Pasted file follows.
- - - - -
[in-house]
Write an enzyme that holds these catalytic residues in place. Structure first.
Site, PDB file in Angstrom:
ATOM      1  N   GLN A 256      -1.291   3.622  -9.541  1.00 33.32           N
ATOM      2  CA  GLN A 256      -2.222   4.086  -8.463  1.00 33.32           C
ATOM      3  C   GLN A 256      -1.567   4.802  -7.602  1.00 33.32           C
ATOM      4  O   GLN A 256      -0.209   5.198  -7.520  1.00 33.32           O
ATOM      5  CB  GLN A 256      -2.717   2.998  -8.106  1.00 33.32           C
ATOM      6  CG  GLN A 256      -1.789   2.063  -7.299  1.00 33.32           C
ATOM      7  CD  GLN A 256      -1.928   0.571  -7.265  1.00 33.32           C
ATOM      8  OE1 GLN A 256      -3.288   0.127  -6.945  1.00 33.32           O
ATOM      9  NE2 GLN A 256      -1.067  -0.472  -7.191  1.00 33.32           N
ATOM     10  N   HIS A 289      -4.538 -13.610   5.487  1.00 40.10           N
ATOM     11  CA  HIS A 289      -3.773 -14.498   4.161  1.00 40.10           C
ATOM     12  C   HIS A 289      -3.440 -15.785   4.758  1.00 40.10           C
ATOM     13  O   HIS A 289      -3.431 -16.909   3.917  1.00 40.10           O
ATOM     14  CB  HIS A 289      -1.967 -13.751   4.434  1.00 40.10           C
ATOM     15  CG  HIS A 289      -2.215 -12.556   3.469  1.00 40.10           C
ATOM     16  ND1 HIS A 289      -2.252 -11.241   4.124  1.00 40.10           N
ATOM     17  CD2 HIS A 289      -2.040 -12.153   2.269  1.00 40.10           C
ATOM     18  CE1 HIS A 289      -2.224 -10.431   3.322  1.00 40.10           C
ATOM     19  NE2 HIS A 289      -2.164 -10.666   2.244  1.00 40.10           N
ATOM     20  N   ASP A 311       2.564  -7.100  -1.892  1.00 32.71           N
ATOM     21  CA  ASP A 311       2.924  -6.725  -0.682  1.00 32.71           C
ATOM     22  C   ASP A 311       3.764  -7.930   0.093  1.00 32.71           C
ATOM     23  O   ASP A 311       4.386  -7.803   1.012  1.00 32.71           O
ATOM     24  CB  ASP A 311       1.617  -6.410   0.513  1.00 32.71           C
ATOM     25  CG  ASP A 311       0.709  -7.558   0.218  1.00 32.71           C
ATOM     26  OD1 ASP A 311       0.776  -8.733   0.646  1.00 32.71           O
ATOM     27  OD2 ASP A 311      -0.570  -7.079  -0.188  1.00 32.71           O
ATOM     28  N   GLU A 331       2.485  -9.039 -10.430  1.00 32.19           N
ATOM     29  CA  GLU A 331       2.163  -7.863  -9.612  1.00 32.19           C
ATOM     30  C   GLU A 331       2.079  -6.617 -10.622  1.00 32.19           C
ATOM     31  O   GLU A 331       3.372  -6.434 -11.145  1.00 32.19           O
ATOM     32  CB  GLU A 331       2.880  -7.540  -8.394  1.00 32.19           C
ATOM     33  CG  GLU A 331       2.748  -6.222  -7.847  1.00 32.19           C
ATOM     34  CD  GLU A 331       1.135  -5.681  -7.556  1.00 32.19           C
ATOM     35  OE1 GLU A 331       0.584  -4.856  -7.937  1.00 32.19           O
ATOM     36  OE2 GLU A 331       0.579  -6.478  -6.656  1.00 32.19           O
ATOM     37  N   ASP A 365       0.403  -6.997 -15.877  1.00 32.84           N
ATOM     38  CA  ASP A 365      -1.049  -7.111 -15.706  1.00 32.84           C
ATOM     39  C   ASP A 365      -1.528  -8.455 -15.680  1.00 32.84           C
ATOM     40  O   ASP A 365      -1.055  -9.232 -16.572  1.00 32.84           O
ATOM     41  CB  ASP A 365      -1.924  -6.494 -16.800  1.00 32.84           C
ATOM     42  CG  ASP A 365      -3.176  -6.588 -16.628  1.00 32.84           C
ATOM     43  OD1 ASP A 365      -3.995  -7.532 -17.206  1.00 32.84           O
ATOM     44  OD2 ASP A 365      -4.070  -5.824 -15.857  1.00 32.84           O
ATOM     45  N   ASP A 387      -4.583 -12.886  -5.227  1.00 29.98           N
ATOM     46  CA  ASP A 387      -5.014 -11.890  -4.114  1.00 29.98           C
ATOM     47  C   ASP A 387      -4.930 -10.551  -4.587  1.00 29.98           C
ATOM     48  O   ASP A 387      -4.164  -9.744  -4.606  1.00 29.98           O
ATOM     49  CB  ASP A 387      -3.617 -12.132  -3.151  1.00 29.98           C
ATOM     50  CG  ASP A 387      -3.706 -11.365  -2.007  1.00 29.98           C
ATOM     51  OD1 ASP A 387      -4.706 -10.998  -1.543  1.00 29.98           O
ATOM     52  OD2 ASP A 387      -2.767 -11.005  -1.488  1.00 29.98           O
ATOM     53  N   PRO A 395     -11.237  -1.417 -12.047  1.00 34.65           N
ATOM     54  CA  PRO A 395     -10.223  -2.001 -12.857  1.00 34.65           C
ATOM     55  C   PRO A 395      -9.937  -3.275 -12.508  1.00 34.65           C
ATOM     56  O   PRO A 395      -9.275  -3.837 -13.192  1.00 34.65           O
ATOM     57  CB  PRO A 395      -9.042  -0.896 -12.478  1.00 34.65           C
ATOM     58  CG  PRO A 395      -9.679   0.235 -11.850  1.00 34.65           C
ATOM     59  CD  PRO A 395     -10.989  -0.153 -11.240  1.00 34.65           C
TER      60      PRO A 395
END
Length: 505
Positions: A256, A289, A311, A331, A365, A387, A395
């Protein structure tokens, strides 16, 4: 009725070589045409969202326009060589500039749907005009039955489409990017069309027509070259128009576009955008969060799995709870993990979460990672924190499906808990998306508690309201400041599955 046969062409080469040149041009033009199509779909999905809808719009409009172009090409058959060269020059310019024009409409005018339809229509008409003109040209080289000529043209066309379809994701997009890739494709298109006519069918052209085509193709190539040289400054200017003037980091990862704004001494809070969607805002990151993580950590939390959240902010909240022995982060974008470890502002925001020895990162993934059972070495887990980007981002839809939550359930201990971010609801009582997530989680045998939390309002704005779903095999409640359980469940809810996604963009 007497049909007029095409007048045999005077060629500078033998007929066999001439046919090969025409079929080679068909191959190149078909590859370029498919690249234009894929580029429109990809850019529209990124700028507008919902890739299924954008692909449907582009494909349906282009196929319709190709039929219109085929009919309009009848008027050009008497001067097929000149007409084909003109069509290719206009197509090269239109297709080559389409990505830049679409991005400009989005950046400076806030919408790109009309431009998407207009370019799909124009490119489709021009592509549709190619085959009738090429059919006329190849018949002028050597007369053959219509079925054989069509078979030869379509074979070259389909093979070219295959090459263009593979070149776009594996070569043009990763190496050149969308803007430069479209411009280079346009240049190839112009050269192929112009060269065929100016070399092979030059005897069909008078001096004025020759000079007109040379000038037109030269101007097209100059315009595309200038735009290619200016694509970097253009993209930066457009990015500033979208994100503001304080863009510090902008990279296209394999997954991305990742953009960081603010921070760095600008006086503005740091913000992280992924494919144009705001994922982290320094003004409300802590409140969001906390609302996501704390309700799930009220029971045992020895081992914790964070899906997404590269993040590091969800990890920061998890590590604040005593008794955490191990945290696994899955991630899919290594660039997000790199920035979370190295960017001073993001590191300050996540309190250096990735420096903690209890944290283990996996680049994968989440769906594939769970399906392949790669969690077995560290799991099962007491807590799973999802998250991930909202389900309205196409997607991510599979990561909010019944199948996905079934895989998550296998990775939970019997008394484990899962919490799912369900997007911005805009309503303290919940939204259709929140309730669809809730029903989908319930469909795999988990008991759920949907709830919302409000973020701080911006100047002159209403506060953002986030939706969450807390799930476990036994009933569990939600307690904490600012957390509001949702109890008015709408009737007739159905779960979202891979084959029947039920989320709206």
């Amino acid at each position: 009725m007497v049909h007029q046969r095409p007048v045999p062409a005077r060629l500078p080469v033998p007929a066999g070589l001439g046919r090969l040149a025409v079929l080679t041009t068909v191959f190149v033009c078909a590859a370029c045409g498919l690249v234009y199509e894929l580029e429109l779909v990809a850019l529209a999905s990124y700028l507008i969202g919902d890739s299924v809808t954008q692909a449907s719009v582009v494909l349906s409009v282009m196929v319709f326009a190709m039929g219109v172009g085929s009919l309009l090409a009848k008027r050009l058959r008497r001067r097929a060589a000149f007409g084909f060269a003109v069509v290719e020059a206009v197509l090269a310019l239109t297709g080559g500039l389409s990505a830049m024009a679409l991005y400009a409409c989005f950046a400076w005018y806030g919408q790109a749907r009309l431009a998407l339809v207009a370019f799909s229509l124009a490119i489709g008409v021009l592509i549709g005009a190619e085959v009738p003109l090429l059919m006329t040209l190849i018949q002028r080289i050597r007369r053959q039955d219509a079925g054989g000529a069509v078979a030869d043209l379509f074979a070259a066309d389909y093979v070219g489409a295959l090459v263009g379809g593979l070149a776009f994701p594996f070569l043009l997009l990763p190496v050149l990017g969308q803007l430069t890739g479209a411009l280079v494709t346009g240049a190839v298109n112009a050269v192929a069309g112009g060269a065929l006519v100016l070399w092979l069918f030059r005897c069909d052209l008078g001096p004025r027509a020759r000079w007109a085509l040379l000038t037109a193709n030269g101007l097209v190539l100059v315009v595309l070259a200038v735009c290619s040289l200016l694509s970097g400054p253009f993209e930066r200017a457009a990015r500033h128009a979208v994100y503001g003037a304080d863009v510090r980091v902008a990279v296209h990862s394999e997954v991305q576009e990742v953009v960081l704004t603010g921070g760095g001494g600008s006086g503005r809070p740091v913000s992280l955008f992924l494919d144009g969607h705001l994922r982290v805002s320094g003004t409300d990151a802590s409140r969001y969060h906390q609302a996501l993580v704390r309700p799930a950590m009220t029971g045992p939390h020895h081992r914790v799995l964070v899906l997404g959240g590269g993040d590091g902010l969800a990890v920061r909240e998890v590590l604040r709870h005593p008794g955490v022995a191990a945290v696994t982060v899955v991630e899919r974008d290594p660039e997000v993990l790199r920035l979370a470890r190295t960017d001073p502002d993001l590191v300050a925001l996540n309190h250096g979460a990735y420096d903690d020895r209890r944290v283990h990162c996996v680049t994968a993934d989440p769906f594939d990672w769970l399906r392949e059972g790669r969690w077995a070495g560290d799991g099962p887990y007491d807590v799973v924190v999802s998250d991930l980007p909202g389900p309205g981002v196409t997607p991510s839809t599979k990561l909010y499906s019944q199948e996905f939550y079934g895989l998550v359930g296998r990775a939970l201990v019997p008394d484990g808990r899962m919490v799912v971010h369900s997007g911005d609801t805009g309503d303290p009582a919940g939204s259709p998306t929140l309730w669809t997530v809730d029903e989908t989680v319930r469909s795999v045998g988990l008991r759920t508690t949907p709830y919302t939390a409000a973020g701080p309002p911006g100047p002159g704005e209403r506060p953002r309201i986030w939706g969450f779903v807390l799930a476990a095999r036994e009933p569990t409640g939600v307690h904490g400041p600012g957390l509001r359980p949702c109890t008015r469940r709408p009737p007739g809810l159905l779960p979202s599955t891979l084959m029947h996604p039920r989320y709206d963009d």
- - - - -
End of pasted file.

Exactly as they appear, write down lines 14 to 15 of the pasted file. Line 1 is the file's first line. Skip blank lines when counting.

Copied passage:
ATOM     11  CA  HIS A 289      -3.773 -14.498   4.161  1.00 40.10           C
ATOM     12  C   HIS A 289      -3.440 -15.785   4.758  1.00 40.10           C